World War II in Melanesia. Japanese forces occupy New Guinea, the Solomon Islands, New Britain, New Ireland, and Manus. Allied forces establish military installations in New Caledonia and Vanuatu. A number of major battles take place on Melanesian islands, including Guadalcanal and Bougainville in the Solomon Islands, as well as in New Britain and New Guinea. In 1943, the U.S. torpedo boat PT-109, commanded by future U.S. president John F. Kennedy, is sunk by a Japanese destroyer in the Solomon Islands.
The exhibition Arts of the South Seas, including numerous Melanesian works, is presented at the Museum of Modern Art in New York.
The exhibition Human Forms in the Art of Melanesia is held at the Auckland Museum in New Zealand.
The exhibition Kunstwerke vom Sepik takes place in Basel, Switzerland, and the exhibitionMélanésie is held in Brussels, Belgium.
Swiss anthropologist Alfred Bühler (1900–1981) makes two major collecting expeditions to the Sepik River in New Guinea and begins to define its major stylistic regions.
The exhibition The Art of Lake Sentani, featuring works from one of western New Guinea’s most distinctive artistic traditions, is held at the Museum of Primitive Art in New York.
The ancient wood sculptures kept in the caves of the upper Karawari River region in New Guinea are discovered and acquired by Western traders.
The exhibition Art Styles of the Papuan Gulf, featuring works from one of New Guinea’s most distinctive artistic traditions, takes place at the Museum of Primitive Art in New York.
Anthropologist Adrian Gerbrands (1917–1997) does research among the Asmat people of New Guinea to document the distinctive styles of eight master wood carvers. Gerbrands’ study is among the first to recognize and acknowledge individual Melanesian artists by name.
The western half of New Guinea becomes a province of Indonesia. Its political status is later affirmed by a highly controversial referendum held in the territory in 1969, in which the vast majority of the indigenous Melanesian population is not permitted to directly participate.
The exhibition Die Kunst Neu-Guineas is held in Basel, Switzerland, and the exhibition The Art of the Asmat, New Guinea opens at the Museum of Primitive Art in New York.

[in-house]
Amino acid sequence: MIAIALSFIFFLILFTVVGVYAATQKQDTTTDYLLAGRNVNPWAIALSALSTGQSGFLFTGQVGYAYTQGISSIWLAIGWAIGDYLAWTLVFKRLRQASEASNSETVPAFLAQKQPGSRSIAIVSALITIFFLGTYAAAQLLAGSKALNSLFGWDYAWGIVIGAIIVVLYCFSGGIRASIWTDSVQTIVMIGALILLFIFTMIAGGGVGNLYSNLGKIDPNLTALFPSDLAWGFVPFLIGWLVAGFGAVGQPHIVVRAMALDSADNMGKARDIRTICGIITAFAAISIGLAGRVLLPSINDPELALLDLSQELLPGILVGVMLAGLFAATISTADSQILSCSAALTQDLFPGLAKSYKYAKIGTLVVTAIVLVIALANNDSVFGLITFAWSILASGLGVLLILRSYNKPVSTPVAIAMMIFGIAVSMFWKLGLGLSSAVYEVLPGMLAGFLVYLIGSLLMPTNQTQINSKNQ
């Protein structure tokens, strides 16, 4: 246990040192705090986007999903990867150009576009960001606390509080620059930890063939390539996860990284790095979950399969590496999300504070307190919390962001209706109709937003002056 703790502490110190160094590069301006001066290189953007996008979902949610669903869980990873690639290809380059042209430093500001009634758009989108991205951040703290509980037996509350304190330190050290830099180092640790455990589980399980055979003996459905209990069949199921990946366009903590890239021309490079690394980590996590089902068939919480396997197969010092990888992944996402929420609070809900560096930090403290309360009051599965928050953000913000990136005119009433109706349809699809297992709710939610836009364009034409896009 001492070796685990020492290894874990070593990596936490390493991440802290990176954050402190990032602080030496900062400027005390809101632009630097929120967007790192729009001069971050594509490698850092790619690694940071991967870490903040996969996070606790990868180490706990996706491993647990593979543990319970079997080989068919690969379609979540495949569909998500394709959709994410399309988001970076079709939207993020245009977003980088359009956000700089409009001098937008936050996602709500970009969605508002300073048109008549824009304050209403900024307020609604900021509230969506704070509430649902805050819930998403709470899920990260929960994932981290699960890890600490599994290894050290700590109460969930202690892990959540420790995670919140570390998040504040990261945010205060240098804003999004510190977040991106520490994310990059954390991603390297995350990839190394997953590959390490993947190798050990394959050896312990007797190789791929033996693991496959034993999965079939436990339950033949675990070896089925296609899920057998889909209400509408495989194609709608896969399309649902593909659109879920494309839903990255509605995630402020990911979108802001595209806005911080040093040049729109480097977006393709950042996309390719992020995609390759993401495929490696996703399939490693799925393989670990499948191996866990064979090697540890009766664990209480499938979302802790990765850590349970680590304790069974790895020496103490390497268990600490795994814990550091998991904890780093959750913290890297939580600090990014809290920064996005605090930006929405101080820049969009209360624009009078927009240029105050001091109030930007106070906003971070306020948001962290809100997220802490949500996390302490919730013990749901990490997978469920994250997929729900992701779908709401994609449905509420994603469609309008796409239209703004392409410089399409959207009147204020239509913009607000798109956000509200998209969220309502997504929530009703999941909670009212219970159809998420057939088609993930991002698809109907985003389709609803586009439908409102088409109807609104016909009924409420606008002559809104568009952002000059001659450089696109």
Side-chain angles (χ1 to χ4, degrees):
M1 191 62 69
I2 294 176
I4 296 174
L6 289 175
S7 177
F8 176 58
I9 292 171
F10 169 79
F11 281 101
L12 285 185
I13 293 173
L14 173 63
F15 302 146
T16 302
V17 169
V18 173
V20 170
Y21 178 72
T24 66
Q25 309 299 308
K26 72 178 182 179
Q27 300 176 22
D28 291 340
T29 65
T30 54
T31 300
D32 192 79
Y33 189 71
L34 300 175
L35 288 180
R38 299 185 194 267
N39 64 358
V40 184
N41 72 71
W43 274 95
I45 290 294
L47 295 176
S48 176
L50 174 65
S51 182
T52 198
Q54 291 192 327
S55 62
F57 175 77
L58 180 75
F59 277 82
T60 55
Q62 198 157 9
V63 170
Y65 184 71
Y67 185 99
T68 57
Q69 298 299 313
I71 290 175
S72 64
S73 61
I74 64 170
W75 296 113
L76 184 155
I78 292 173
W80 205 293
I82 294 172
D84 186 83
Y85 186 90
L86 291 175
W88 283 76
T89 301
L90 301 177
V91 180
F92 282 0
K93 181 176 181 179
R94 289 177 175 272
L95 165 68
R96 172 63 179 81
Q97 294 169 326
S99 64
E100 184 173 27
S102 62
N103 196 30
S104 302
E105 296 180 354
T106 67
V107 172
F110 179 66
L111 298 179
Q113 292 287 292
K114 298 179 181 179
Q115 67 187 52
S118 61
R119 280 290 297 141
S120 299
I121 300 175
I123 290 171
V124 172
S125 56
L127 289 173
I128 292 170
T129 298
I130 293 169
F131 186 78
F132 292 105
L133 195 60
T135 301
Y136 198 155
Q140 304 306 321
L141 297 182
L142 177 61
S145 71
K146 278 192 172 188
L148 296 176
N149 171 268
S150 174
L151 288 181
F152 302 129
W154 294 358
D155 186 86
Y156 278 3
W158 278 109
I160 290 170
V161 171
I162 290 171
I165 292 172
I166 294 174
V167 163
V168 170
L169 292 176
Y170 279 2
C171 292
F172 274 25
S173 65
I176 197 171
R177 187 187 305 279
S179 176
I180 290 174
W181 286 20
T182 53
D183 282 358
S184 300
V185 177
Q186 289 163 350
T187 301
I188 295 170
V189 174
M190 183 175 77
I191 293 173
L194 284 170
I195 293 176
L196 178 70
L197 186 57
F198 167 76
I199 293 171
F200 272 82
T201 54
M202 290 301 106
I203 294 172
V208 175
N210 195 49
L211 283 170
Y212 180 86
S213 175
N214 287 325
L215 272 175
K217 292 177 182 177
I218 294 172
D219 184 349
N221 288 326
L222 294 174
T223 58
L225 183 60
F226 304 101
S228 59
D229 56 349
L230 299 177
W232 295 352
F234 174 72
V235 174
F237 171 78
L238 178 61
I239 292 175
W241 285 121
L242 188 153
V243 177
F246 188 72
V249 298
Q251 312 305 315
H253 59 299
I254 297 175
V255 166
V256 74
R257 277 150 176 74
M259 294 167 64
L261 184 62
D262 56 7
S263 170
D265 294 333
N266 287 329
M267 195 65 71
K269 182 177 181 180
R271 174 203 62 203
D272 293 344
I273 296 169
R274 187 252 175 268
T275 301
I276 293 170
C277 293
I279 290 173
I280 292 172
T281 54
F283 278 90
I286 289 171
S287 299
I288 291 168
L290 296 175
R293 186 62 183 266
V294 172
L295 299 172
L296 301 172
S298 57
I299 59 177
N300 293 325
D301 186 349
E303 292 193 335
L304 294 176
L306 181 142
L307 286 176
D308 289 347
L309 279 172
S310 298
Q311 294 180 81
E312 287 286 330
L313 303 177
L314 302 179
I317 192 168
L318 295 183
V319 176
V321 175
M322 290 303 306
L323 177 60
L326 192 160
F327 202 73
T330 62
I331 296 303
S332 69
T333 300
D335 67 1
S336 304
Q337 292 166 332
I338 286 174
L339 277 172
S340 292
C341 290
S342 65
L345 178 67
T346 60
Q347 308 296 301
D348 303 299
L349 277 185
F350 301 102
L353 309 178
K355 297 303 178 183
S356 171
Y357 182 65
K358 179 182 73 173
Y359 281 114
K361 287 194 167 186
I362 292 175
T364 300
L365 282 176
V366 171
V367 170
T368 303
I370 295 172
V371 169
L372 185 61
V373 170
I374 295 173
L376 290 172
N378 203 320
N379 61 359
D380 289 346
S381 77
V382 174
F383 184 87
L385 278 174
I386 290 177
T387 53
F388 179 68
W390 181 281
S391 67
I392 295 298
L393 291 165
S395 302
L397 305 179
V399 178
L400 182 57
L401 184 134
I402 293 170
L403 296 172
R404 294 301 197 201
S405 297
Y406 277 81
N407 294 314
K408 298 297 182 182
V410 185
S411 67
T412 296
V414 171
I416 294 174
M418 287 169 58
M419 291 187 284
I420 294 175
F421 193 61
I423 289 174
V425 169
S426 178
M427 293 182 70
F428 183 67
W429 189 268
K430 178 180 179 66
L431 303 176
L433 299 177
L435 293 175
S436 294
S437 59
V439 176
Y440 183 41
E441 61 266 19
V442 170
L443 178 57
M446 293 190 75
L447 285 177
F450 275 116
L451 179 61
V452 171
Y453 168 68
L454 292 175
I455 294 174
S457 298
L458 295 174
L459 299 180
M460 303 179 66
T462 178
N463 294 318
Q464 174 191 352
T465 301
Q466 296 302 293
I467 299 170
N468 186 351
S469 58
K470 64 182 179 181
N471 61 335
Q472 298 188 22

The eastern half of New Guinea achieves independence, together with New Britain, New Ireland, Manus, and the north Solomon Islands, as the nation of Papua New Guinea.
The Solomon Islands achieve independence.
The exhibition The Art of the Pacific Islands, incorporating numerous works from Melanesia, is held at the National Gallery in Washington, D.C.
Vanuatu achieves independence.
Papua New Guinea, the Solomon Islands, and Vanuatu establish the Melanesian Spearhead Group, a regional organization that addresses shared political, economic, and cultural issues.
Rebels on Bougainville, an island in the northern Solomon Islands that is politically part of Papua New Guinea, begin an armed struggle for independence. Fighting continues until a formal ceasefire is declared in 1998.
De jade et de nacre: Patrimoine artistique Kanak, the first major exhibition devoted to New Caledonia’s indigenous artistic traditions, opens in Nouméa and travels to Paris the following year.
Contemporary master carvers from the Sepik River in New Guinea create a series of carved poles for the New Guinea Sculpture Garden at Stanford University in California.
Vanuatu Océanie: Arts des îles de cendre et de corail, the first major exhibition of Vanuatu’s indigenous arts, opens in Basel, Switzerland, and travels to Paris, Vanuatu, and New Caledonia.
The Tjibaou Cultural Center, showcasing works by contemporary artists from throughout the Pacific, opens in New Caledonia.
“Melanesia, 1900 A.D.–present.” In Heilbrunn Timeline of Art History. New York: The Metropolitan Museum of Art, 2000–. http://www.metmuseum.org/toah/ht/?period=11®ion=ocm (October 2004)